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Centro de Astrofísica da Universidade do Porto

Eddington-inspired Born-Infeld gravity: astrophysical and cosmological constraints

P. P. Avelino

In this letter we compute stringent astrophysical and cosmological constraints on a recently proposed Eddington-inspired Born-Infeld theory of gravity. We find, using a generalized version of the Zel’dovich approximation, that in this theory a pressureless cold dark matter fluid has a non-zero effective sound speed. We compute the corresponding effective Jeans length and show that it is approximately equal to the fundamental length of the theory R = к1/2G-1/2, where к is the only additional parameter of theory with respect to general relativity and G is the gravitational constant. This scale determines the minimum size of compact objects which are held together by gravity. We also estimate the critical mass above which pressureless compact objects are unstable to colapse into a black hole, showing that it is approximately equal to the fundamental mass M = к1/2c2G-3/2, and we show that the maximum density attainable inside stable compact stars is roughly equal to the fundamental density ρ = к-1c2, where c is the speed of light in vacuum. We find that the mere existence of astrophysical objects of size R which are held together by their own gravity leads to the constraint к < GR2. In the case of neutron stars this implies that к < 10-2 m5 kg-1 s-2, a limit which is stronger by about 10 orders of magnitude than big bang nucleosynthesis constraints and by more than 7 orders of magnitude than solar constraints.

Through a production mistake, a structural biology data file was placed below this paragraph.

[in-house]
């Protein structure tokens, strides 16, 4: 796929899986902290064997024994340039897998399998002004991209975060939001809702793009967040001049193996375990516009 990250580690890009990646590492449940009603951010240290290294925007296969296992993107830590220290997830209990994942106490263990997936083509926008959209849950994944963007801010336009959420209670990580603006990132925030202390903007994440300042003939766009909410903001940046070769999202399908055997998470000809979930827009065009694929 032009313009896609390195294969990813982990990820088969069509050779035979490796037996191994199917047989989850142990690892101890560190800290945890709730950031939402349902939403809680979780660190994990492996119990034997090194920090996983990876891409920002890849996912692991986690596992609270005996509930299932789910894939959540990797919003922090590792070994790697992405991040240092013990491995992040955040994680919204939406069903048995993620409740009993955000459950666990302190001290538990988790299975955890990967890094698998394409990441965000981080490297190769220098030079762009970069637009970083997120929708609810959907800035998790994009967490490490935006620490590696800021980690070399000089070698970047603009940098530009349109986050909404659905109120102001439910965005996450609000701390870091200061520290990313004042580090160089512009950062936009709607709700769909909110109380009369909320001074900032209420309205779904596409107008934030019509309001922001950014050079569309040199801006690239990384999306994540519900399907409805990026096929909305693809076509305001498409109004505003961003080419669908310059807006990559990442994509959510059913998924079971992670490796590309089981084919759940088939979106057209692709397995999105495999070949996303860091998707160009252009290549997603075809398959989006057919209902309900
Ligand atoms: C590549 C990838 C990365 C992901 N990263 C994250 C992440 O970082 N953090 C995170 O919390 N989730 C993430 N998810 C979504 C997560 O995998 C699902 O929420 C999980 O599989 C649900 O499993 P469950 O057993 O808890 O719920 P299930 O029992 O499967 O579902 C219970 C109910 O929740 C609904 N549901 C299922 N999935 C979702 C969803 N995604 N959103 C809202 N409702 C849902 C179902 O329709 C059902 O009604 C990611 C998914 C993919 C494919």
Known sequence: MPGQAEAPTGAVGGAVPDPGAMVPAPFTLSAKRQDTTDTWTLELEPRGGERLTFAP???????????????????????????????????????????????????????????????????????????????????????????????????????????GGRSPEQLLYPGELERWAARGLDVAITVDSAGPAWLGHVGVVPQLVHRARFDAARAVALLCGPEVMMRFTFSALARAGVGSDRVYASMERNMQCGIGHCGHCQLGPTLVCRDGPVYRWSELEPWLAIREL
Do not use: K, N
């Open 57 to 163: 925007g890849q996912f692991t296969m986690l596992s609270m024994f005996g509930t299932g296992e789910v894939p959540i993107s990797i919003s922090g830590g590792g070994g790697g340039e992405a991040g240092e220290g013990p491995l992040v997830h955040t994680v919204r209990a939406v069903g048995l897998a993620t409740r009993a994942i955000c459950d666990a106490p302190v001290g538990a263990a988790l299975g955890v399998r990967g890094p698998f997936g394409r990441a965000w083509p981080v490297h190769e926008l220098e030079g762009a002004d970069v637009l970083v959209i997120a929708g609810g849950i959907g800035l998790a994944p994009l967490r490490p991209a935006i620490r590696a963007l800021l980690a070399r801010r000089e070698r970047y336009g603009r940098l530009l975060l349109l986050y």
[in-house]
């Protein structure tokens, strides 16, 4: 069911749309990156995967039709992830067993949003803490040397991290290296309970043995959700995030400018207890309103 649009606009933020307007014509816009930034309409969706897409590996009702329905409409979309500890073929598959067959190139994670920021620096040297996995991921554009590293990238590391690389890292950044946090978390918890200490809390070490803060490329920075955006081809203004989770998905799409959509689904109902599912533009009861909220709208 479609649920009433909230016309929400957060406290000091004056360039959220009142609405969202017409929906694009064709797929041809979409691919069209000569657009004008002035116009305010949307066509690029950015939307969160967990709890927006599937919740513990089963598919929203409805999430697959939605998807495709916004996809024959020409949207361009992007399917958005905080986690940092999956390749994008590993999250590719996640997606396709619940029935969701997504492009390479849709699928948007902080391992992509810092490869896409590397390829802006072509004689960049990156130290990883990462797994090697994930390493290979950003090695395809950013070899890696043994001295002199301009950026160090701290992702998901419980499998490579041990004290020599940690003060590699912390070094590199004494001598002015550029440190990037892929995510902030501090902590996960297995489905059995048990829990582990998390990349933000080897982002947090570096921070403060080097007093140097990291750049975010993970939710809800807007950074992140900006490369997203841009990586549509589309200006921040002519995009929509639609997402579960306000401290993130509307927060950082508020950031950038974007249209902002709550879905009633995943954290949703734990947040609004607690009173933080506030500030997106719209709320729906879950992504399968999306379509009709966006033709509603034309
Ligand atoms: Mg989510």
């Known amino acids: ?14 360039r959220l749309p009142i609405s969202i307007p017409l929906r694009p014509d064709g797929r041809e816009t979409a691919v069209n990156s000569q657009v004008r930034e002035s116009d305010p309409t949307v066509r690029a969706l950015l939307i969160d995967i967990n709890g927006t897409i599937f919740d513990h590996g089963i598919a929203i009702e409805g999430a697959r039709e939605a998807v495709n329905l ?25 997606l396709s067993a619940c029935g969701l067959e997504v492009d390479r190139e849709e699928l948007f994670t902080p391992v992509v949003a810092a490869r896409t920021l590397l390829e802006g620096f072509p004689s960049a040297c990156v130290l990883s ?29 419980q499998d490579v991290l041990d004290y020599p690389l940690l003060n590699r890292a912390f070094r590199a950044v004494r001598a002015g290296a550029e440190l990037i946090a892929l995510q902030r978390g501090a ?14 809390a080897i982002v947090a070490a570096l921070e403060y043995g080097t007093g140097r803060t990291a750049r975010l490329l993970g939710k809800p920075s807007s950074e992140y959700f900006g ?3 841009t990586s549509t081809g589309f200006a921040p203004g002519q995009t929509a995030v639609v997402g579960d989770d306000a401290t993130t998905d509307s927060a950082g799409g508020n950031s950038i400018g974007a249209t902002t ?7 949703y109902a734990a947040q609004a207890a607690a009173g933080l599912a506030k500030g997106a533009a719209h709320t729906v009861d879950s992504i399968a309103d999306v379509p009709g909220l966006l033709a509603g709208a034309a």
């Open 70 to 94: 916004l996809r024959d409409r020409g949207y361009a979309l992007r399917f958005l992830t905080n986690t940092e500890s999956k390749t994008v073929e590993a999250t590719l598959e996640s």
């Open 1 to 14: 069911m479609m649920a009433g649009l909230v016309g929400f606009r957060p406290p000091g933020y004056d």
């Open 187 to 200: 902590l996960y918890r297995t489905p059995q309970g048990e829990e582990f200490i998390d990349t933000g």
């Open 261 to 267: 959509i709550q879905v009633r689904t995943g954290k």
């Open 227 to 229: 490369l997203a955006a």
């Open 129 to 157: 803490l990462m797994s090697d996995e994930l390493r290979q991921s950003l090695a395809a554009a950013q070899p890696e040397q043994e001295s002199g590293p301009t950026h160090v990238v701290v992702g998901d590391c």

Physical Review D
Volume 85, Page 104053_1
May 2012

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Institute of Astrophysics and Space Sciences

Institute of Astrophysics and Space Sciences (IA) is a new but long anticipated research infrastructure with a national dimension. It embodies a bold but feasible vision for the development of Astronomy, Astrophysics and Space Sciences in Portugal, taking full advantage and fully realizing the potential created by the national membership of the European Space Agency (ESA) and the European Southern Observatory (ESO). IA resulted from the merging the two most prominent research units in the field in Portugal: the Centre for Astrophysics of the University of Porto (CAUP) and the Center for Astronomy and Astrophysics of the University of Lisbon (CAAUL). It currently hosts more than two-thirds of all active researchers working in Space Sciences in Portugal, and is responsible for an even greater fraction of the national productivity in international ISI journals in the area of Space Sciences. This is the scientific area with the highest relative impact factor (1.65 times above the international average) and the field with the highest average number of citations per article for Portugal.

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